When the battery on your cell phone is low, you search for a charger so your phone does not lose power. When your data is running low for the month, you probably take action to conserve data usage. When your cell phone screen cracks, you might work around it for a while but eventually, if you want to get the most from your phone, you replace it.
When your body is tired, sending pain signals, or not able to keep up with a certain exercise, what do you do? Our culture promotes pushing through pain. It encourages distracting from discomfort. The media implies that doing less is whimping out or not worth it. No pain, no gain, right?
Hummmm?? I’m wondering? Do we treat our cell phones better than our body? When the cell phone tells you it is tired, injured or can’t keep up – you take notice and give it what it needs. Of course! Trying to make it work harder, when it clearly needs some attention would just be silly, right!? Why then, do we think pushing our body through pain and fatigue will help it?
Yes, if you are training for competing, you need to push through discomfort to stay competitive. However, if you push your cell phone to its limit, you will be replacing it sooner than expected. There is a reason the average age for Olympic athletes is 24. The body is not quite as easy to replace as a cell phone. If you are exercising to live better for longer, listening to your body is a key to getting what you want from exercise.
Listening to your body means paying attention to it. It means knowing that those warning signals, like pain and fatigue, are signs something needs to change. There really is no such thing as a “good sore” or “good pain” with exercise for health and well-being. Listing to your body means knowing that pushing through is not going to make it better or give you better “results”.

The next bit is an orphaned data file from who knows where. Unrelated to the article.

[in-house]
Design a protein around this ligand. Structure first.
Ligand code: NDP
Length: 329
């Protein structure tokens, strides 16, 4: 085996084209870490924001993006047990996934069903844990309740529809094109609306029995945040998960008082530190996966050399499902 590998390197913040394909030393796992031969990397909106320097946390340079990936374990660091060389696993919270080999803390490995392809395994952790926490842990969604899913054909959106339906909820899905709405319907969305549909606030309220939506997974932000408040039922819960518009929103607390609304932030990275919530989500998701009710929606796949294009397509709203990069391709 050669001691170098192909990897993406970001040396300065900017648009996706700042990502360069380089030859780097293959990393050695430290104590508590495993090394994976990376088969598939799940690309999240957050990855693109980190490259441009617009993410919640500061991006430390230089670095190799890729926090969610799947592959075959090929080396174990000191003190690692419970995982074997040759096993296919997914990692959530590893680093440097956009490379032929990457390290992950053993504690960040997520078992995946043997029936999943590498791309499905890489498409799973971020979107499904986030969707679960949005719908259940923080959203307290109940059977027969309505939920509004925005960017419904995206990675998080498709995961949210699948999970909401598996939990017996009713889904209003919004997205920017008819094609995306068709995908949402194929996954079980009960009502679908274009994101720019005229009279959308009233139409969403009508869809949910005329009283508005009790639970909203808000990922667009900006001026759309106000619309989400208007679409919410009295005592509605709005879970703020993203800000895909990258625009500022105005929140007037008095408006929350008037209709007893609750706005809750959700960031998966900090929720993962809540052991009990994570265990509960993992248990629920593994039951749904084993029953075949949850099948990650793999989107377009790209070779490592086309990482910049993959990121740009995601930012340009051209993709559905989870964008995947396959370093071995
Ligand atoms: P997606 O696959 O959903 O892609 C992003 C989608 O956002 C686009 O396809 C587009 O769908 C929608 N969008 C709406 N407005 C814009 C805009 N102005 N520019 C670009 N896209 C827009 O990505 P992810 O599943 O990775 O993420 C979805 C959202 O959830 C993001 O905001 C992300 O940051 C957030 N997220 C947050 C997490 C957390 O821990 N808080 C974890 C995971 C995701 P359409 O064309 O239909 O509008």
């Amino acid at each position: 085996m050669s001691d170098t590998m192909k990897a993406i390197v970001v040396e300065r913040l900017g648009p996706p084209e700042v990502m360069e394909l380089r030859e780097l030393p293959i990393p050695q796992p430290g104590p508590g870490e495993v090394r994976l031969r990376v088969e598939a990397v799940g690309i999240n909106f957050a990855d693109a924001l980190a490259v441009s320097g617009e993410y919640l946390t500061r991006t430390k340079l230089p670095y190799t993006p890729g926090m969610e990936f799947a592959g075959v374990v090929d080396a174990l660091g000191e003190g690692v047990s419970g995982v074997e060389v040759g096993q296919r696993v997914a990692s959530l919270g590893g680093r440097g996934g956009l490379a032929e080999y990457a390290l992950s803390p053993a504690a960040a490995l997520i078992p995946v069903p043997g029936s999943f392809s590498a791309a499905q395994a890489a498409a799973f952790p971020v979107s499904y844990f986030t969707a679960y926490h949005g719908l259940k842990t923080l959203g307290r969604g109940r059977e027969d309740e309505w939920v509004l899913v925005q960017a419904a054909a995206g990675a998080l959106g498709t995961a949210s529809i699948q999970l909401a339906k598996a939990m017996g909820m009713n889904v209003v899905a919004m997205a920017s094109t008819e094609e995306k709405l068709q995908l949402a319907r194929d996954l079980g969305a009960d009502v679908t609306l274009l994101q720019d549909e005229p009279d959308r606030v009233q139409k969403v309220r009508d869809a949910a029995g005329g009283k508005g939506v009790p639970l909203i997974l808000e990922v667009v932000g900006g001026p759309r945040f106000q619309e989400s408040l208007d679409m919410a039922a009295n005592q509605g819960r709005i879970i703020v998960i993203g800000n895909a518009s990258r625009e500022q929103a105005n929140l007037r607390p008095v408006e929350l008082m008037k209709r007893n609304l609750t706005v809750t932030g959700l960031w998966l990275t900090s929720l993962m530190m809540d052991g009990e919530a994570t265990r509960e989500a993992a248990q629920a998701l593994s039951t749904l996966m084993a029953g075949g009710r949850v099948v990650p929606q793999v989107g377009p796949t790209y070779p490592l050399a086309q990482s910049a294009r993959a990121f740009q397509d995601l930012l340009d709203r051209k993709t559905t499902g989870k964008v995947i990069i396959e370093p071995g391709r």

There is a fine line here. Challenging your body will help it get stronger and more efficient. Pushing past challenging to uncomfortable is not a plan for lasting health, fitness and well-being. Pushing to uncomfortable is for short-term results.
The key is, in order to challenge it in the most efficient way, with the least wear and tear, know that what your body is telling you each moment is the most accurate and up to date information available.
It makes sense. But why is this so hard to do? Because it is goes against what our culture says about how to get the best “results” from exercise. Because the media all too often mixes up exercise for competing and exercise for well-being. The trick is knowing what results are you looking for? Short term fixes or long-term benefits? If you want lasting results, tune out any exercise programs that promise “quick and amazing results”.
When it comes to exercise, let’s be smarter than our smart phone! Listen to your body and it will thank you with more lasting and reliable health and well-being.
Keep Moving, Be Well